Contaminant transport induced by buoyancy-driven flows is crucial for proper ventilation design in buildings. Compared to conventional single-zone spaces, considerably less research has been conducted on the dynamics of buoyant contaminated flows in narrow horizontal spaces with large length-to-width ratios. Experiments were performed to explore the characteristics of natural convection produced by a brine source in a narrow horizontal tank immersed in fresh water. The source was located at the center of the tank ceiling; hence, the buoyancy-driven flow consisted of a plume region and a symmetrical horizontal current. A light attenuation technique was used to measure the density distribution and vertical profile of the horizontal velocity of the current. The current density was vertically stratified, but declined very slowly in the horizontal direction. The head of the horizontal current advanced toward the two ends of the tank at a constant velocity that depended only on the source buoyancy flux. The average thickness of the horizontal current was correlated to the tank height and the source Froude number. In our experiments, the interface between the tail of the horizontal current and the fresh water was very stable, and nearly no mass exchange through the interface was observed. However, mixing between the fresh water and brine occurred in both the plume region and the rearward side of the horizontal current head. Both the total entrainment and the proportion of the entrainment occurring in the head were determined. The latter increased with the source Froude number.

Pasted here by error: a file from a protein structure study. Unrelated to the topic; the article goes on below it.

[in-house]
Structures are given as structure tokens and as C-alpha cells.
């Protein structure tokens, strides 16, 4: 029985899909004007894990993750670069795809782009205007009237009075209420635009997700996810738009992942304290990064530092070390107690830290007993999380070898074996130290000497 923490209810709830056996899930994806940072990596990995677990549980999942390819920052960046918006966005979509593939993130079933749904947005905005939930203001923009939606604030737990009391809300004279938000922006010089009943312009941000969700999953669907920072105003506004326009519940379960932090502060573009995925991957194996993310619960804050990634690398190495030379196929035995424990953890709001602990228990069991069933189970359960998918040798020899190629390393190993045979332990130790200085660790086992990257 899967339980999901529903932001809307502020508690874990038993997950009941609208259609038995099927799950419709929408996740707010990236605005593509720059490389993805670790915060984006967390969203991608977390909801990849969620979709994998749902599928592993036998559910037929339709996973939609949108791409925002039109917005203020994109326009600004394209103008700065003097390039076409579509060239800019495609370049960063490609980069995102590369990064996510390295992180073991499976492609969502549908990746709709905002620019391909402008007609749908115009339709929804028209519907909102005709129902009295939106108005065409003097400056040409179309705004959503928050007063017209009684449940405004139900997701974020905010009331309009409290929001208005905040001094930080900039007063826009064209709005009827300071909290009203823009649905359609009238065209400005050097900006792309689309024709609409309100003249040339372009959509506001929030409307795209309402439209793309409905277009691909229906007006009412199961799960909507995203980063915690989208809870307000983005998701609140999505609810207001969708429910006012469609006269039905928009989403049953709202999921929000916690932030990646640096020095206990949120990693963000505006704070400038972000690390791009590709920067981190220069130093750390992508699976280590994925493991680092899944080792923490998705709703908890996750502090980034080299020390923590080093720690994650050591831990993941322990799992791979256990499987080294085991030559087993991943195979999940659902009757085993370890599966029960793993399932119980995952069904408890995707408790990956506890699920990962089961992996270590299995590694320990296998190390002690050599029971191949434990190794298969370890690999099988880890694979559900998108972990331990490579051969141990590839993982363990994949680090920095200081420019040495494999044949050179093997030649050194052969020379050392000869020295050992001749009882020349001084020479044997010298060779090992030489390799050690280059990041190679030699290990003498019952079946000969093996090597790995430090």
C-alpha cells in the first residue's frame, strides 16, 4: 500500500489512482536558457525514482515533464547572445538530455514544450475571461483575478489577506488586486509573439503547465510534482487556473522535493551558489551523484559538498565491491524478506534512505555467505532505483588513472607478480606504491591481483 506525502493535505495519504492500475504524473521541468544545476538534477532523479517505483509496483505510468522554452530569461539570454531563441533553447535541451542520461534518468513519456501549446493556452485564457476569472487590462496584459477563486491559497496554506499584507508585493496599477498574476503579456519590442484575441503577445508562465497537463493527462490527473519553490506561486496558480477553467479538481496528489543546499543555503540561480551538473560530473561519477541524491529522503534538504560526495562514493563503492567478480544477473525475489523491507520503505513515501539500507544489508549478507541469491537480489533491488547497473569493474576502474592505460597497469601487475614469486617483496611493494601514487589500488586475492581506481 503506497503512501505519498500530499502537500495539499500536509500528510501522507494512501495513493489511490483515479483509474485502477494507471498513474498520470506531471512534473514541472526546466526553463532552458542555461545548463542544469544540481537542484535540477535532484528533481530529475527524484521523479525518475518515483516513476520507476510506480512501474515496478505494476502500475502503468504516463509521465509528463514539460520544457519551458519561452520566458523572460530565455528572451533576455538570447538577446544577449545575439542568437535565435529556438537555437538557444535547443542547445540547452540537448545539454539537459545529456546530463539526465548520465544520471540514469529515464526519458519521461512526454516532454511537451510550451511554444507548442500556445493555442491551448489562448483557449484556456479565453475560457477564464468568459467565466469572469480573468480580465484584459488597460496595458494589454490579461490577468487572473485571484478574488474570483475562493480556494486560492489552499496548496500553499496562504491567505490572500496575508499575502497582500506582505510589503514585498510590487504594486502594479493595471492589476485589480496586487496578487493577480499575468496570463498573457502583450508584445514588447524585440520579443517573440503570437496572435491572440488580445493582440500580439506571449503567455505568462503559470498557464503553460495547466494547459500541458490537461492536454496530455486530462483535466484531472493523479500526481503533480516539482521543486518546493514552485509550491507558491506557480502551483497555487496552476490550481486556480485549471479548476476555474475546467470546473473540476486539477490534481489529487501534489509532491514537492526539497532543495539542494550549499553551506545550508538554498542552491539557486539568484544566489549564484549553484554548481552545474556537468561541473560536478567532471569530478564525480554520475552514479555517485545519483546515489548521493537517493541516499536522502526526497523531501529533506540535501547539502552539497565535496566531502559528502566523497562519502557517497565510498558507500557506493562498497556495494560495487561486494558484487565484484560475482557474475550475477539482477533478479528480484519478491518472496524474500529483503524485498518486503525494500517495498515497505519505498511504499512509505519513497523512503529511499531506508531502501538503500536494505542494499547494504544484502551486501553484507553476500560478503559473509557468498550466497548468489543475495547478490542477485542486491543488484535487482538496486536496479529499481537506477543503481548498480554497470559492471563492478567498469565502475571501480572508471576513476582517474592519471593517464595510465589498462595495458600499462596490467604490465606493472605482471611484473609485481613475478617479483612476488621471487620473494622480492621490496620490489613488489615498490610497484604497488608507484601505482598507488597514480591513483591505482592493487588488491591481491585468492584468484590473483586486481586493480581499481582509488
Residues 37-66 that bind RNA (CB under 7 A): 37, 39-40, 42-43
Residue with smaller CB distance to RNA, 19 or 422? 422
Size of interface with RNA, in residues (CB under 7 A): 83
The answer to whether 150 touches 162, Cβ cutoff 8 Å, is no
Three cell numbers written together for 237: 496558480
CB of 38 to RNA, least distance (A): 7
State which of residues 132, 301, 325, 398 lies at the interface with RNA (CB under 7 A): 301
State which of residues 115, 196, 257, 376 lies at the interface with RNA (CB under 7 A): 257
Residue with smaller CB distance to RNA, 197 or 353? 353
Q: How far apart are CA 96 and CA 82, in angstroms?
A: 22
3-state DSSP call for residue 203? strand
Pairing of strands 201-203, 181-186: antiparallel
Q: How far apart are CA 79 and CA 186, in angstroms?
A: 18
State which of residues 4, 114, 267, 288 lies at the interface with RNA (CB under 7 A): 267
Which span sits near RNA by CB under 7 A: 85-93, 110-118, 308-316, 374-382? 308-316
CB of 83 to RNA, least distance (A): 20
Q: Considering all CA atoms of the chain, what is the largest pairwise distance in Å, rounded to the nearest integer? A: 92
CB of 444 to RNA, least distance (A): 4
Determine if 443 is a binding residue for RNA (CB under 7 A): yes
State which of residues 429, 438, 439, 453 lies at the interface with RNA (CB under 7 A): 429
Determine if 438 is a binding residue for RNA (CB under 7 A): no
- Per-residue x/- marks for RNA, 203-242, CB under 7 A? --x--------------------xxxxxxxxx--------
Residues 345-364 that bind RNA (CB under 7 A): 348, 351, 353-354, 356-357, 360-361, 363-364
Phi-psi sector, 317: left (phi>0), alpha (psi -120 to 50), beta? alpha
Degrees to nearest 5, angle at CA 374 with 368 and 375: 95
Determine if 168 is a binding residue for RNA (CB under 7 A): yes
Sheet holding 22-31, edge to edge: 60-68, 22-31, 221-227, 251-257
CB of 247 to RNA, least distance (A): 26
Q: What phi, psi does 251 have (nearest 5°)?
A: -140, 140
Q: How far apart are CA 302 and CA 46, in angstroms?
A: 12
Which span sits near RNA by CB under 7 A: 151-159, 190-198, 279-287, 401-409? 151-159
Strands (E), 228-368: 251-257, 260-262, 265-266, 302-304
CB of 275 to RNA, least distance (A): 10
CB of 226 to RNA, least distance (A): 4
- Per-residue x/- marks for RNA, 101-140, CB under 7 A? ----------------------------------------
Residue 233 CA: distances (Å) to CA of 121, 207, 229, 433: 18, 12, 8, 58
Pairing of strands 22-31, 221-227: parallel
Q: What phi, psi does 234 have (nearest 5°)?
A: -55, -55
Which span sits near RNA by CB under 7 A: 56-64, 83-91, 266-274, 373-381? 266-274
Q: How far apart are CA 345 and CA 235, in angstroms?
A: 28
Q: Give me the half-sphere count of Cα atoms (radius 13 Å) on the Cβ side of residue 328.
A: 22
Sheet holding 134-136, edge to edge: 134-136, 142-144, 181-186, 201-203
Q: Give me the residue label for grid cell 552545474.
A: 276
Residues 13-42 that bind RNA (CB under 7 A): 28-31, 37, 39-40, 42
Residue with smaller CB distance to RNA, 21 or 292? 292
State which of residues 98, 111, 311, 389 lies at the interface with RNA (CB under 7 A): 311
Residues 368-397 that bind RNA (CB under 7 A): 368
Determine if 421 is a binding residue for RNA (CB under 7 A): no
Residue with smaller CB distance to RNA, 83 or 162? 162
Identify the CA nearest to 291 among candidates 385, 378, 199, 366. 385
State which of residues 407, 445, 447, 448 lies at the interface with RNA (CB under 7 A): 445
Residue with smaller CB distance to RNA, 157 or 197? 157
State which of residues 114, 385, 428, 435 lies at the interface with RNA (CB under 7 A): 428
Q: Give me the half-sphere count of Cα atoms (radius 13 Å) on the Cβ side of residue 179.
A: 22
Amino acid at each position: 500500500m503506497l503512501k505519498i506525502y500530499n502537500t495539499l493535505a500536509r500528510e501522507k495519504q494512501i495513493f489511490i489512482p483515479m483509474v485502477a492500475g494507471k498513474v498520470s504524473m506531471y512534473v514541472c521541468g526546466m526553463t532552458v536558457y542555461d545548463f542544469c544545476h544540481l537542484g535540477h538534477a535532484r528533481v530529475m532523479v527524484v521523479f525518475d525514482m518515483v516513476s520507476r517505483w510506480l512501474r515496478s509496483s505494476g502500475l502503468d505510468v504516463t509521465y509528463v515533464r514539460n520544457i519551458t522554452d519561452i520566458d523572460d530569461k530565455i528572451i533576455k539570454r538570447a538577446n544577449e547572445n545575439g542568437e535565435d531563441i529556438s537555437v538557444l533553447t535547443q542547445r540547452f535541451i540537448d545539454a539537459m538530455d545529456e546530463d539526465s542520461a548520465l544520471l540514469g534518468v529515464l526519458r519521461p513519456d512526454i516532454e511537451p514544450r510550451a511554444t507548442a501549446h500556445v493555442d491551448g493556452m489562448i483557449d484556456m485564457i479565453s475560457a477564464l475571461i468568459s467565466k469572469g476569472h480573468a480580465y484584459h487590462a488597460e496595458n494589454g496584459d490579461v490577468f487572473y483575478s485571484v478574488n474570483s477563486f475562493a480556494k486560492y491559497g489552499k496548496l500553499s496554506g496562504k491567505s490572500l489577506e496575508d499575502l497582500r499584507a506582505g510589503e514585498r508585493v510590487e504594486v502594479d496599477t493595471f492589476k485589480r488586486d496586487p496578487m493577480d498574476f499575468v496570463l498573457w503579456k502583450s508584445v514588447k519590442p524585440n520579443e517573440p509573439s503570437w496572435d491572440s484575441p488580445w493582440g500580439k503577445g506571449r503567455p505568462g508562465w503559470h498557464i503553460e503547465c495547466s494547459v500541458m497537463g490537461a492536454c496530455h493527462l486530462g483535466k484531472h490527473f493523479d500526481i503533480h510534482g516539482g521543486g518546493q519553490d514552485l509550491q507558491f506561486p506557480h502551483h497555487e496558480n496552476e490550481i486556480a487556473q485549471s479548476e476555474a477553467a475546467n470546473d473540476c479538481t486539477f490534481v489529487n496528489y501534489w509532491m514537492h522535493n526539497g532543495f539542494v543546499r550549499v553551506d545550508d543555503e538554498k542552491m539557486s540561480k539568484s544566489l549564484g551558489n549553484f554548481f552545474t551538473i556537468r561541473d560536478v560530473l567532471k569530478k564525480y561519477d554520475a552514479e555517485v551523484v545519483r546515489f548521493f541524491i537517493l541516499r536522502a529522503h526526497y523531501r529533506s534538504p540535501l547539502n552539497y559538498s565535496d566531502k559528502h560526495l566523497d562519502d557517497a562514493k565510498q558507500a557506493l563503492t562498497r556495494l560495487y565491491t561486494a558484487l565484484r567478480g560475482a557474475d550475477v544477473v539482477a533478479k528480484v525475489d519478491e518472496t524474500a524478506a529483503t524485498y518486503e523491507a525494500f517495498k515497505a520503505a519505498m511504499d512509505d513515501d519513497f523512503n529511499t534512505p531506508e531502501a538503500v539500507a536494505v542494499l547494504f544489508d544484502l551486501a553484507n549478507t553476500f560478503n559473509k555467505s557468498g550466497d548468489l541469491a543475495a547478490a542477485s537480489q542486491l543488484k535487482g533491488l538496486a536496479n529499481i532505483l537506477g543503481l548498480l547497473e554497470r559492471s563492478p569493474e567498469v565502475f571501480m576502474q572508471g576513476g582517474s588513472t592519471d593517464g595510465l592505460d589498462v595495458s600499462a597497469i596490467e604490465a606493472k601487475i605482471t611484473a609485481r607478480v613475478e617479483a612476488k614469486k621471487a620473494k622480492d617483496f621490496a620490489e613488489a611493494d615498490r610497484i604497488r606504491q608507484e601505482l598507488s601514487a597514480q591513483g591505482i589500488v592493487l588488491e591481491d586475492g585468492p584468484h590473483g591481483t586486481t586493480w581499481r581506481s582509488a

Building and Environment – Elsevier
Published: Mar 15, 2018
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